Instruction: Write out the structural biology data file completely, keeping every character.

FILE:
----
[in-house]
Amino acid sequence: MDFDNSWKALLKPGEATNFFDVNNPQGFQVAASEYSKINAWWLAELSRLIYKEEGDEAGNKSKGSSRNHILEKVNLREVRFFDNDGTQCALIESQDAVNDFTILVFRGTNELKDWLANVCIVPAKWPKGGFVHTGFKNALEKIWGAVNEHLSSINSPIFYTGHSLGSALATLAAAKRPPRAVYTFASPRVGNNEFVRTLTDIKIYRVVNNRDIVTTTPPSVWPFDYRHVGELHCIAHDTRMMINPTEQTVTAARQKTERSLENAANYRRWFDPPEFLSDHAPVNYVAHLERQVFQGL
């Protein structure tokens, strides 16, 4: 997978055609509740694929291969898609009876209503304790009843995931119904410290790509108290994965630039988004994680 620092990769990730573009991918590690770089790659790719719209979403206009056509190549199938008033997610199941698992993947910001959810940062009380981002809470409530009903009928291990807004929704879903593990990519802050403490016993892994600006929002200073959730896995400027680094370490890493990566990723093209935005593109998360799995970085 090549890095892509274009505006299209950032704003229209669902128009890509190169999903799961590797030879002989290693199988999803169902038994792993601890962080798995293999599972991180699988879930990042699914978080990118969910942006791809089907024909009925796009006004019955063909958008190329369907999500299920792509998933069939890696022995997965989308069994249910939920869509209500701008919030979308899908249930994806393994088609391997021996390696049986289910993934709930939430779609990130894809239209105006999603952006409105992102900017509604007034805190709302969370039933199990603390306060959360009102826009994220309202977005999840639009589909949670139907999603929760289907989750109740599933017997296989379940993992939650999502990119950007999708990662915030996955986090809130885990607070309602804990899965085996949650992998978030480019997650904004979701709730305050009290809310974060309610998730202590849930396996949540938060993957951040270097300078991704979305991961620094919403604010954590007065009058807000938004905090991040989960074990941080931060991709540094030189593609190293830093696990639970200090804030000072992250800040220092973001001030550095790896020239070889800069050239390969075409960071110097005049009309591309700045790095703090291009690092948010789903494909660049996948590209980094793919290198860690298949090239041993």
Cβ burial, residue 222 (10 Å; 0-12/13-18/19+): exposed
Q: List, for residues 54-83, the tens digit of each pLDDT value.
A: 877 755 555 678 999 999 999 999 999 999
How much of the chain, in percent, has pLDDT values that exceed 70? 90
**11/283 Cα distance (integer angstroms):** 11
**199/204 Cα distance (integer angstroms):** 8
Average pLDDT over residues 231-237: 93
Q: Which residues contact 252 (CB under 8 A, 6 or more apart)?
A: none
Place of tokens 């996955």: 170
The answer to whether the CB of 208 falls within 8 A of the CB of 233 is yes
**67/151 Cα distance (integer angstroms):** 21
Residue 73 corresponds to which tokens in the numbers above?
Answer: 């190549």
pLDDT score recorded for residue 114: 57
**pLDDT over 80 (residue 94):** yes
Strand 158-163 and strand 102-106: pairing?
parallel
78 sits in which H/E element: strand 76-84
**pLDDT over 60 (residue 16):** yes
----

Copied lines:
[in-house]
Amino acid sequence: MDFDNSWKALLKPGEATNFFDVNNPQGFQVAASEYSKINAWWLAELSRLIYKEEGDEAGNKSKGSSRNHILEKVNLREVRFFDNDGTQCALIESQDAVNDFTILVFRGTNELKDWLANVCIVPAKWPKGGFVHTGFKNALEKIWGAVNEHLSSINSPIFYTGHSLGSALATLAAAKRPPRAVYTFASPRVGNNEFVRTLTDIKIYRVVNNRDIVTTTPPSVWPFDYRHVGELHCIAHDTRMMINPTEQTVTAARQKTERSLENAANYRRWFDPPEFLSDHAPVNYVAHLERQVFQGL
């Protein structure tokens, strides 16, 4: 997978055609509740694929291969898609009876209503304790009843995931119904410290790509108290994965630039988004994680 620092990769990730573009991918590690770089790659790719719209979403206009056509190549199938008033997610199941698992993947910001959810940062009380981002809470409530009903009928291990807004929704879903593990990519802050403490016993892994600006929002200073959730896995400027680094370490890493990566990723093209935005593109998360799995970085 090549890095892509274009505006299209950032704003229209669902128009890509190169999903799961590797030879002989290693199988999803169902038994792993601890962080798995293999599972991180699988879930990042699914978080990118969910942006791809089907024909009925796009006004019955063909958008190329369907999500299920792509998933069939890696022995997965989308069994249910939920869509209500701008919030979308899908249930994806393994088609391997021996390696049986289910993934709930939430779609990130894809239209105006999603952006409105992102900017509604007034805190709302969370039933199990603390306060959360009102826009994220309202977005999840639009589909949670139907999603929760289907989750109740599933017997296989379940993992939650999502990119950007999708990662915030996955986090809130885990607070309602804990899965085996949650992998978030480019997650904004979701709730305050009290809310974060309610998730202590849930396996949540938060993957951040270097300078991704979305991961620094919403604010954590007065009058807000938004905090991040989960074990941080931060991709540094030189593609190293830093696990639970200090804030000072992250800040220092973001001030550095790896020239070889800069050239390969075409960071110097005049009309591309700045790095703090291009690092948010789903494909660049996948590209980094793919290198860690298949090239041993």
Cβ burial, residue 222 (10 Å; 0-12/13-18/19+): exposed
Q: List, for residues 54-83, the tens digit of each pLDDT value.
A: 877 755 555 678 999 999 999 999 999 999
How much of the chain, in percent, has pLDDT values that exceed 70? 90
**11/283 Cα distance (integer angstroms):** 11
**199/204 Cα distance (integer angstroms):** 8
Average pLDDT over residues 231-237: 93
Q: Which residues contact 252 (CB under 8 A, 6 or more apart)?
A: none
Place of tokens 């996955």: 170
The answer to whether the CB of 208 falls within 8 A of the CB of 233 is yes
**67/151 Cα distance (integer angstroms):** 21
Residue 73 corresponds to which tokens in the numbers above?
Answer: 């190549």
pLDDT score recorded for residue 114: 57
**pLDDT over 80 (residue 94):** yes
Strand 158-163 and strand 102-106: pairing?
parallel
78 sits in which H/E element: strand 76-84
**pLDDT over 60 (residue 16):** yes